Employers who want great employees are having to work harder and harder to find them, and to get them to stay.
This has many innovative organizations and Human Resources departments re-thinking their employee benefits strategies as a way to attract and retain talent, which is good. But there can often be a disconnect when it comes to perceptions about what employees really want. And too many employers are missing the elephant in the room.
Crushing Student Debt
The elephant metaphor works all too well here. Student debt is a huge issue that weighs heavy on your employees. And yet few employers are recognizing the extent of the problem.
Many people associate student debt with a particular subset of the workforce, namely fresh college graduates and junior employees. But a riveting study by CommonBond tosses those ideas out the window.
The reality is that student debt affects a huge portion of your employee base. Of 1,500 workers surveyed:
- 72% reported currently having student loans or having had student loans in the past
- 59% of employees aged 22 – 44 currently have student debt
- 21% of employees over the age of 45 currently have student debt
But that’s not the end of the story.
- 21% of respondents said they plan to take on debt in the next five years to finance someone else’s education.
- And 10% of respondents said they are carrying their own student debt, plus that of a friend or family member.
With the total U.S. student loan debt sitting at 1.4 trillion dollars, there are far reaching consequences, both for your employees and your business.
Debt rolls downhill
Employees starting their careers with massive amounts of debt are less willing and able to “put in their time,” “work their way up,” or “take one for the team.” It’s not that they don’t see the value in some of these things. They simply can’t afford to do them. The days of “paying your dues” are over. For today’s workers, it’s all about paying your loans.
If you’re wondering why job hopping seems to be the new normal, it’s all related. Research shows that the best way for an employee to get a significant pay raise is to get a new job. In this kind of employment environment, those with sizable loan debt won’t think twice about accepting a more lucrative offer somewhere else.
Debt-ridden workers in all stages of their careers are delaying important life decisions because of student loans. For many employees, things like getting married, having children, buying a house, and retiring are concepts that seem far out of reach.
In the meantime, their debt is seriously stressing them out. Between 46 and 53 percent of workers with student debt reported worrying about their personal finances “most of the time” or, worse yet, “always.” If you think this isn’t affecting workplace productivity, you’re still not seeing the elephant.
Here’s the deal
Your employees took out loans to improve their skills and make them more valuable to employers. Now that they’re employed, they want financial stability. But their student loans are getting in the way. And they need help.
And it’s not just recent graduates who feel this way. The CommonBond study showed that the vast majority of employees want to see their employer offer student loan benefits.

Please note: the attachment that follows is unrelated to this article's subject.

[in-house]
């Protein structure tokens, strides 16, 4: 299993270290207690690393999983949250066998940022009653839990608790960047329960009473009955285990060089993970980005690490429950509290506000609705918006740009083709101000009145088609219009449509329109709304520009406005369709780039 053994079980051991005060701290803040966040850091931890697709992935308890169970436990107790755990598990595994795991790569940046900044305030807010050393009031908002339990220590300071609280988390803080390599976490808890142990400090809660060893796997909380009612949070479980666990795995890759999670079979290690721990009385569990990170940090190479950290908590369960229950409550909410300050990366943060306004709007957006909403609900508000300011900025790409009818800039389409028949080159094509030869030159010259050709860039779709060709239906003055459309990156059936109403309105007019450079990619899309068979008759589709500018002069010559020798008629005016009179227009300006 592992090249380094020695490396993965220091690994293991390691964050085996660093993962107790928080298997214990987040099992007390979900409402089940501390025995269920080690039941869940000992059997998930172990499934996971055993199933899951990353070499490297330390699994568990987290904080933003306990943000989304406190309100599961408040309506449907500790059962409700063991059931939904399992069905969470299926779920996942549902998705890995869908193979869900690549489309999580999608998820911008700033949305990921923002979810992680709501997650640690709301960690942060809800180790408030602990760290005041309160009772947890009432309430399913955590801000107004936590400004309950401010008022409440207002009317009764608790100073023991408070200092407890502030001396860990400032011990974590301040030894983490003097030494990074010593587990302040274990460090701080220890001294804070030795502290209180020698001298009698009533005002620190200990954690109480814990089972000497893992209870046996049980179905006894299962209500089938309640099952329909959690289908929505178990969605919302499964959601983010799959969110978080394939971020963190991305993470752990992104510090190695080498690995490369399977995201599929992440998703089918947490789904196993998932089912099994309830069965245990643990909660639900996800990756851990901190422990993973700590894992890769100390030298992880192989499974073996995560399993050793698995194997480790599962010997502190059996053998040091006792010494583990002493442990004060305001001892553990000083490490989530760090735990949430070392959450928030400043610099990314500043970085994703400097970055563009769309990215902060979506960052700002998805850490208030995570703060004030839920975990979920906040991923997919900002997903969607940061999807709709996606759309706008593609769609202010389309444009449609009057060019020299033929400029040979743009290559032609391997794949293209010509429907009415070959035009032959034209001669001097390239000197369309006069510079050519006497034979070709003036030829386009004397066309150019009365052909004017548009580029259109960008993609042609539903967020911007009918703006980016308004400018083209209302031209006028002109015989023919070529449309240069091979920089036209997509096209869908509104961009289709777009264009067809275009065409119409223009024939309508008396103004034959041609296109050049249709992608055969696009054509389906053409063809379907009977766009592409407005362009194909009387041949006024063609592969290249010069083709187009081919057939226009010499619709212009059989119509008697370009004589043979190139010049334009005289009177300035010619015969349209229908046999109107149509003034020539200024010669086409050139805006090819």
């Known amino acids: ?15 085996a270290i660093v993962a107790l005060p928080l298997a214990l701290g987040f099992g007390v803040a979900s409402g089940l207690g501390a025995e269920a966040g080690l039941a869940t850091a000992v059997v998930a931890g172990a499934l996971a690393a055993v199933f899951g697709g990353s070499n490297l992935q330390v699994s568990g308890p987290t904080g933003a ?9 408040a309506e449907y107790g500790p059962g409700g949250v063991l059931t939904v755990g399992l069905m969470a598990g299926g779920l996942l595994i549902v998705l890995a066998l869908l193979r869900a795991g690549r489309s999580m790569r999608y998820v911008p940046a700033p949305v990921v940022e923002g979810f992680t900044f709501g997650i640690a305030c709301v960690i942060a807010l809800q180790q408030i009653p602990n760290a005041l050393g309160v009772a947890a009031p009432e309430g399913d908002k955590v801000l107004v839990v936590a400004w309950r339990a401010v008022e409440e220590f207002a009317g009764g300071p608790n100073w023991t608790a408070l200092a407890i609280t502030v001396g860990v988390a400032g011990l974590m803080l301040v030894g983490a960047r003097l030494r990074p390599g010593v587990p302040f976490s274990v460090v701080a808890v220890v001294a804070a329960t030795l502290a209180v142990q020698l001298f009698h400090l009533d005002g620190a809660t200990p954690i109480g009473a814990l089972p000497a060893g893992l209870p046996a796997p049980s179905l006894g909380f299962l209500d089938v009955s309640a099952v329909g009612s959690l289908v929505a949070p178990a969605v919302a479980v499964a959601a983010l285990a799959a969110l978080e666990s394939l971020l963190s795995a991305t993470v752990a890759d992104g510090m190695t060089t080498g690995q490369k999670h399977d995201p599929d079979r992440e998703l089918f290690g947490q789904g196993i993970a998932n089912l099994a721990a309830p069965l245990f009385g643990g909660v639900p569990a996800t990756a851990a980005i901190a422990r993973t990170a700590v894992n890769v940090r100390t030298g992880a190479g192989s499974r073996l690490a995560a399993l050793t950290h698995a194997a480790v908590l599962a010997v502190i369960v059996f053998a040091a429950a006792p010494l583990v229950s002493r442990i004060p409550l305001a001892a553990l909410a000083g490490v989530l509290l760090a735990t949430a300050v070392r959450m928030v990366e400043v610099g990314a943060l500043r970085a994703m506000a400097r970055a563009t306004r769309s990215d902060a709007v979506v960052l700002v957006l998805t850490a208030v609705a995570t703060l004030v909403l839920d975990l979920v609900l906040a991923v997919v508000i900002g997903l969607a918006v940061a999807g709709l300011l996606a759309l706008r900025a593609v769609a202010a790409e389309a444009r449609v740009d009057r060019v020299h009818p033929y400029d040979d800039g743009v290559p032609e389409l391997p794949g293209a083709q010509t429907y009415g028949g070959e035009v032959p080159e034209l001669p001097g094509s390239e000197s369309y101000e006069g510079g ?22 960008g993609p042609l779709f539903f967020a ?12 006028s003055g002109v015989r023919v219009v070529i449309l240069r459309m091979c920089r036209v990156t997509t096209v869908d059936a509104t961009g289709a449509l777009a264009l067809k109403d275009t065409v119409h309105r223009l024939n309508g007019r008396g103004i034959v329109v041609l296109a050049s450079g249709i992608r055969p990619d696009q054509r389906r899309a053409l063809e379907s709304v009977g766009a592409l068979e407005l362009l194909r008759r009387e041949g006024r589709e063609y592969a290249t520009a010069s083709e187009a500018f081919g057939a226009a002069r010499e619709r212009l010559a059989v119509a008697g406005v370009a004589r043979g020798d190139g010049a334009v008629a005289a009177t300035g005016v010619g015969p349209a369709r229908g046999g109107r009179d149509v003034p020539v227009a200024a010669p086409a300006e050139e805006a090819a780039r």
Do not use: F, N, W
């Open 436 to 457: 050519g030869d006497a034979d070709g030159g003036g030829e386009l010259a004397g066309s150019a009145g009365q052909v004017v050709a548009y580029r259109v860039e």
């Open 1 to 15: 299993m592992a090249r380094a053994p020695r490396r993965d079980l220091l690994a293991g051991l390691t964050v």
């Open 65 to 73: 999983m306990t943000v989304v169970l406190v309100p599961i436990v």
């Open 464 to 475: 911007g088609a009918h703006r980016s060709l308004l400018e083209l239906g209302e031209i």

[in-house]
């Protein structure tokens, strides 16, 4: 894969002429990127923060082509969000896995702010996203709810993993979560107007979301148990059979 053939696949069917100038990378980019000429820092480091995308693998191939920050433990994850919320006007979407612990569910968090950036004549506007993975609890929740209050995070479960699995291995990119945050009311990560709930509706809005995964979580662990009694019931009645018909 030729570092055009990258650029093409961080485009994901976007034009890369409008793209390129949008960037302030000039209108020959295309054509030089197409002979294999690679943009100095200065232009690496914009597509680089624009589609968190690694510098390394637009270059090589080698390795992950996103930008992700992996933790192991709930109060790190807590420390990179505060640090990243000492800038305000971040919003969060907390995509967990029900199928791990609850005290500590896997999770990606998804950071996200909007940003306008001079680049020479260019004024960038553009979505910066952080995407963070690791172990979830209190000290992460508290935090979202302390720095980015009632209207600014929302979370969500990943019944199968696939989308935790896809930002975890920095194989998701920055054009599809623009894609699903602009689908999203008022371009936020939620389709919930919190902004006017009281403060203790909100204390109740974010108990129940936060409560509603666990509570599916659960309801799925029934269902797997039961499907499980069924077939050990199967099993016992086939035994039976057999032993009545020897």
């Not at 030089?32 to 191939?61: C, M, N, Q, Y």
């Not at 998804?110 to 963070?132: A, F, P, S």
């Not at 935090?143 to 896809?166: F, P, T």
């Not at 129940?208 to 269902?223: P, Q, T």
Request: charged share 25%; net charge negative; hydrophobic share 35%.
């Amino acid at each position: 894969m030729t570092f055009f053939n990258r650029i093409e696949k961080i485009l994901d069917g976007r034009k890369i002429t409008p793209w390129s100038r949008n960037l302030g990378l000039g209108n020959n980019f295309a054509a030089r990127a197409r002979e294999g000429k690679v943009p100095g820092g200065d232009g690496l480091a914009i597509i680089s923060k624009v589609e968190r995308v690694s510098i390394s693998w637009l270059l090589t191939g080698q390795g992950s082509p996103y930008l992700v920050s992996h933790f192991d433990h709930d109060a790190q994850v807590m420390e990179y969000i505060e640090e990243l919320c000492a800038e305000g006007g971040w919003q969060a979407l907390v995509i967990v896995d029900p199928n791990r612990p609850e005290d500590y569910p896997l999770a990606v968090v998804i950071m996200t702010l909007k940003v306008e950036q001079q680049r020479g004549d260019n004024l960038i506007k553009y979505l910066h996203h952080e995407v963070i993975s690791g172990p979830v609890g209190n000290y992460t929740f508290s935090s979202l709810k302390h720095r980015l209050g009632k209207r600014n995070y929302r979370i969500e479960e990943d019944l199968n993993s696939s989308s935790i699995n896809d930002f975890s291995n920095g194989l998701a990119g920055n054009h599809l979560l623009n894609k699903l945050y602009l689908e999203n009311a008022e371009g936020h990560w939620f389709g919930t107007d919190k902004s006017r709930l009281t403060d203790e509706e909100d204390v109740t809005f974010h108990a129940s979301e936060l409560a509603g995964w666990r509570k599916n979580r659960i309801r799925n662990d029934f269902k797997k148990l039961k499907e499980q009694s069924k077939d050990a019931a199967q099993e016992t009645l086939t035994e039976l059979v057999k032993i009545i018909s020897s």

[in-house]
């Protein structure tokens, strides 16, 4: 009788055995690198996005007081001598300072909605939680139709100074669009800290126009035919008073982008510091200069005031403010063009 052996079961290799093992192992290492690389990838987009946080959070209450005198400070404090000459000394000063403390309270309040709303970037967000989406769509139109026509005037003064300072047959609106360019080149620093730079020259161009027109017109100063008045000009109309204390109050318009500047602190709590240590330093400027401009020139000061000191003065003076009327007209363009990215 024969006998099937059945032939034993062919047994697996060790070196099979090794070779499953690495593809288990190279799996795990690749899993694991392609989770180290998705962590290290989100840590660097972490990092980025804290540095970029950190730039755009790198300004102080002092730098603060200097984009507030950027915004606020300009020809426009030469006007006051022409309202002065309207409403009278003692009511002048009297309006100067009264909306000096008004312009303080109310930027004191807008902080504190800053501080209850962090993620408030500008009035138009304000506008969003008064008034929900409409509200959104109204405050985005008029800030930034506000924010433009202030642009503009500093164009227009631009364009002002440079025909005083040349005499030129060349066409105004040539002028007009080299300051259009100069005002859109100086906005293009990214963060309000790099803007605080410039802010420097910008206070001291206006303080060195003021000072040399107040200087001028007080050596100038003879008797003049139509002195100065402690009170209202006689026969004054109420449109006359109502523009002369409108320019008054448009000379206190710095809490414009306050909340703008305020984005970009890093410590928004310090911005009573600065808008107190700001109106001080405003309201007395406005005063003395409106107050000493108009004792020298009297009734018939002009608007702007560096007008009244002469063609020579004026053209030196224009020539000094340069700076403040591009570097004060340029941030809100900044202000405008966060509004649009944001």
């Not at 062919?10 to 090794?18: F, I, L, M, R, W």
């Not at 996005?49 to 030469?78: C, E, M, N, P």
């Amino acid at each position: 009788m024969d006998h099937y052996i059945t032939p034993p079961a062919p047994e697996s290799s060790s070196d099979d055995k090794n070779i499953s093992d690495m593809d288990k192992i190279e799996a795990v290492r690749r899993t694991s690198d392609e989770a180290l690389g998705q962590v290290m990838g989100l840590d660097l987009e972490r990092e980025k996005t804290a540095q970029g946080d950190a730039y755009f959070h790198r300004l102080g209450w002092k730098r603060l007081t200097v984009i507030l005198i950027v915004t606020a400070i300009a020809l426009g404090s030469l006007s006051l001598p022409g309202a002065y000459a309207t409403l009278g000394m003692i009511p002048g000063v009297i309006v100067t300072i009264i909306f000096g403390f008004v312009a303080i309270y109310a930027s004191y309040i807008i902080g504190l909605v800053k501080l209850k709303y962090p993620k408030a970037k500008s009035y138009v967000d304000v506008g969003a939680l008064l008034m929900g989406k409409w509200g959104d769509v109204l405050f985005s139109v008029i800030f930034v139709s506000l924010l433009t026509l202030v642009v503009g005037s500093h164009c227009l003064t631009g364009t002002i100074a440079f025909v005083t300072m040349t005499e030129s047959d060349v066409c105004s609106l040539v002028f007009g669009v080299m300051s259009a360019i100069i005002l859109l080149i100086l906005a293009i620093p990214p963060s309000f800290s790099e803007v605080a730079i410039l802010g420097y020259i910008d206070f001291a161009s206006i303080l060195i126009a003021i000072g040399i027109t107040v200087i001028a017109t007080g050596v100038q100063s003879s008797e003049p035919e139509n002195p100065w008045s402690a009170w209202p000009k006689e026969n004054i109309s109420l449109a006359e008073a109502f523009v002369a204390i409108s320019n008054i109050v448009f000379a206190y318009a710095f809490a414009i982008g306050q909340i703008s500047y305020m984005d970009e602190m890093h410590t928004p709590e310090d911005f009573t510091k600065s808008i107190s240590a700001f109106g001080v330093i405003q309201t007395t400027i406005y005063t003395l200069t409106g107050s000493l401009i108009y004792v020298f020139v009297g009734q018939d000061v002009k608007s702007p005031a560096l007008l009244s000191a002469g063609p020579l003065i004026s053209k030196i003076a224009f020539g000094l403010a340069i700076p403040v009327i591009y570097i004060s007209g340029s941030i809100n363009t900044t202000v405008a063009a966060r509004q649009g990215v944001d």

Here are the percentages of employees who have (or plan to take on) student debt that want their company to offer student loan tools and resources, broken down by age:
22 – 34 81%
35 – 44 77%
45 – 54 75%
55 + 65%
But it doesn’t end there.
Across every single age category, these numbers jump significantly when those employees were asked if they would be more inclined to stay at their company if they were receiving student loan repayment benefits:
22 – 34 87%
35 – 44 88%
45 – 54 83%
55 + 78%
If you’ve been searching for that magic employee attraction and retention tool, look no further. It’s right in front of you.
But you’re not offering it
SHRM research has revealed that only about 4% of employers are offering some kind of student loan repayment benefits. With demand being what it is, this seems downright silly. Especially in a tightening labor market.
One reason that helps explain why student loan benefits aren’t more common is that employers haven’t quite caught on to the fact that this is a top concern for their employees. Perceptions of company leadership and HR are often quite different from those who are actually working within the organization, on everything from what motivates them to what attracts them and makes them want to stick around.
If you want to attract and retain the best employees, you need to start thinking like them.
- What kinds of things are they looking for in an employer?
- What values do they care about?
- What issues are they struggling with?
- What’s holding them back from being the best employees they can be?
- How can you help?
Still not sold? Here’s one more statistic for you:
The American Student Assistance survey found that with all else being equal, if a prospective employer offered a student loan repayment benefit, 80% of respondents said it would have a considerable impact or be the deciding factor in the decision to accept the job. Talk about a hiring advantage!
If you haven’t thought about finding ways to help your employees with student loans, now is the time. The sooner you get on board, the more you can differentiate yourself as an employer of choice. And start helping your employees become, more productive, more financially stable, and more likely to stick around.
Photo by Elnur Amikishiyev